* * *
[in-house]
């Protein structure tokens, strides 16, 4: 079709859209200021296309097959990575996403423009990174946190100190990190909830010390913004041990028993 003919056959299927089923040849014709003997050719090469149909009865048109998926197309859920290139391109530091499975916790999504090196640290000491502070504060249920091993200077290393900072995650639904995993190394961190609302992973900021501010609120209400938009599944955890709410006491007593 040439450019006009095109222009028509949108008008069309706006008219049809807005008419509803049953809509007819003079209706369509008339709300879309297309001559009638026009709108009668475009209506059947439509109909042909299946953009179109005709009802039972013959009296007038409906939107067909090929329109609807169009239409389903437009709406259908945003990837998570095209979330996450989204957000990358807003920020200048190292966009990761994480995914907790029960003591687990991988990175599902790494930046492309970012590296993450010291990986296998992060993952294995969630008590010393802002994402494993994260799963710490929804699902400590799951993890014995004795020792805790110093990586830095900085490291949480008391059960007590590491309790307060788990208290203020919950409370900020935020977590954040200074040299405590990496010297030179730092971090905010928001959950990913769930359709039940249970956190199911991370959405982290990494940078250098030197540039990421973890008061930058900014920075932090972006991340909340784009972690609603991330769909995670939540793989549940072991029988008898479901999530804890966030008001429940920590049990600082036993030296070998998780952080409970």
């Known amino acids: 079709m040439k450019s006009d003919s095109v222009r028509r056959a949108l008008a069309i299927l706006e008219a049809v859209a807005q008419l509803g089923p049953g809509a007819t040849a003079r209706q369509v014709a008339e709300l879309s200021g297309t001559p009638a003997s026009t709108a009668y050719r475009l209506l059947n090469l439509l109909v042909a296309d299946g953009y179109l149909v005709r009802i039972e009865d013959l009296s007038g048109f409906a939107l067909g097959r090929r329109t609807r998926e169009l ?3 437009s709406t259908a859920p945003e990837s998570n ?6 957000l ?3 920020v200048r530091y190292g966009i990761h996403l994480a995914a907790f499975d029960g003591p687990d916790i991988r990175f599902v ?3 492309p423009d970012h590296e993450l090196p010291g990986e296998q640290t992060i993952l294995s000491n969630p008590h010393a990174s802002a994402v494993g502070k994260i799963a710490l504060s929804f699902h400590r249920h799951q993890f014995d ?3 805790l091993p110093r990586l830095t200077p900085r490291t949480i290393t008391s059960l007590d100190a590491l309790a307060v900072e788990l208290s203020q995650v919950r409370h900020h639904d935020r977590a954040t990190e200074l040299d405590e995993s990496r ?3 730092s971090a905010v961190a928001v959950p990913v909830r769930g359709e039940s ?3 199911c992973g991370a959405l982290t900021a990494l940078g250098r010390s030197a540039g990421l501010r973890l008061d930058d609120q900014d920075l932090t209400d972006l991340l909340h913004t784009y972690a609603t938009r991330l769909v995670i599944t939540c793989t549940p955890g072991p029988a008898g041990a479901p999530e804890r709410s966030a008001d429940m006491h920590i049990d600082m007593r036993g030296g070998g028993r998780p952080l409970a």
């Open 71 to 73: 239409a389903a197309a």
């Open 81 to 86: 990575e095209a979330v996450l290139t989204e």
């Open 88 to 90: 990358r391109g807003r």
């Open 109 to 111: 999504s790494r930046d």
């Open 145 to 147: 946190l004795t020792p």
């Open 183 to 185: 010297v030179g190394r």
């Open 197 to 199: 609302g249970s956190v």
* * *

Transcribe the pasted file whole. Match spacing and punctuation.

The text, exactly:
[in-house]
């Protein structure tokens, strides 16, 4: 079709859209200021296309097959990575996403423009990174946190100190990190909830010390913004041990028993 003919056959299927089923040849014709003997050719090469149909009865048109998926197309859920290139391109530091499975916790999504090196640290000491502070504060249920091993200077290393900072995650639904995993190394961190609302992973900021501010609120209400938009599944955890709410006491007593 040439450019006009095109222009028509949108008008069309706006008219049809807005008419509803049953809509007819003079209706369509008339709300879309297309001559009638026009709108009668475009209506059947439509109909042909299946953009179109005709009802039972013959009296007038409906939107067909090929329109609807169009239409389903437009709406259908945003990837998570095209979330996450989204957000990358807003920020200048190292966009990761994480995914907790029960003591687990991988990175599902790494930046492309970012590296993450010291990986296998992060993952294995969630008590010393802002994402494993994260799963710490929804699902400590799951993890014995004795020792805790110093990586830095900085490291949480008391059960007590590491309790307060788990208290203020919950409370900020935020977590954040200074040299405590990496010297030179730092971090905010928001959950990913769930359709039940249970956190199911991370959405982290990494940078250098030197540039990421973890008061930058900014920075932090972006991340909340784009972690609603991330769909995670939540793989549940072991029988008898479901999530804890966030008001429940920590049990600082036993030296070998998780952080409970």
């Known amino acids: 079709m040439k450019s006009d003919s095109v222009r028509r056959a949108l008008a069309i299927l706006e008219a049809v859209a807005q008419l509803g089923p049953g809509a007819t040849a003079r209706q369509v014709a008339e709300l879309s200021g297309t001559p009638a003997s026009t709108a009668y050719r475009l209506l059947n090469l439509l109909v042909a296309d299946g953009y179109l149909v005709r009802i039972e009865d013959l009296s007038g048109f409906a939107l067909g097959r090929r329109t609807r998926e169009l ?3 437009s709406t259908a859920p945003e990837s998570n ?6 957000l ?3 920020v200048r530091y190292g966009i990761h996403l994480a995914a907790f499975d029960g003591p687990d916790i991988r990175f599902v ?3 492309p423009d970012h590296e993450l090196p010291g990986e296998q640290t992060i993952l294995s000491n969630p008590h010393a990174s802002a994402v494993g502070k994260i799963a710490l504060s929804f699902h400590r249920h799951q993890f014995d ?3 805790l091993p110093r990586l830095t200077p900085r490291t949480i290393t008391s059960l007590d100190a590491l309790a307060v900072e788990l208290s203020q995650v919950r409370h900020h639904d935020r977590a954040t990190e200074l040299d405590e995993s990496r ?3 730092s971090a905010v961190a928001v959950p990913v909830r769930g359709e039940s ?3 199911c992973g991370a959405l982290t900021a990494l940078g250098r010390s030197a540039g990421l501010r973890l008061d930058d609120q900014d920075l932090t209400d972006l991340l909340h913004t784009y972690a609603t938009r991330l769909v995670i599944t939540c793989t549940p955890g072991p029988a008898g041990a479901p999530e804890r709410s966030a008001d429940m006491h920590i049990d600082m007593r036993g030296g070998g028993r998780p952080l409970a």
């Open 71 to 73: 239409a389903a197309a």
């Open 81 to 86: 990575e095209a979330v996450l290139t989204e």
């Open 88 to 90: 990358r391109g807003r």
């Open 109 to 111: 999504s790494r930046d």
């Open 145 to 147: 946190l004795t020792p």
């Open 183 to 185: 010297v030179g190394r």
């Open 197 to 199: 609302g249970s956190v």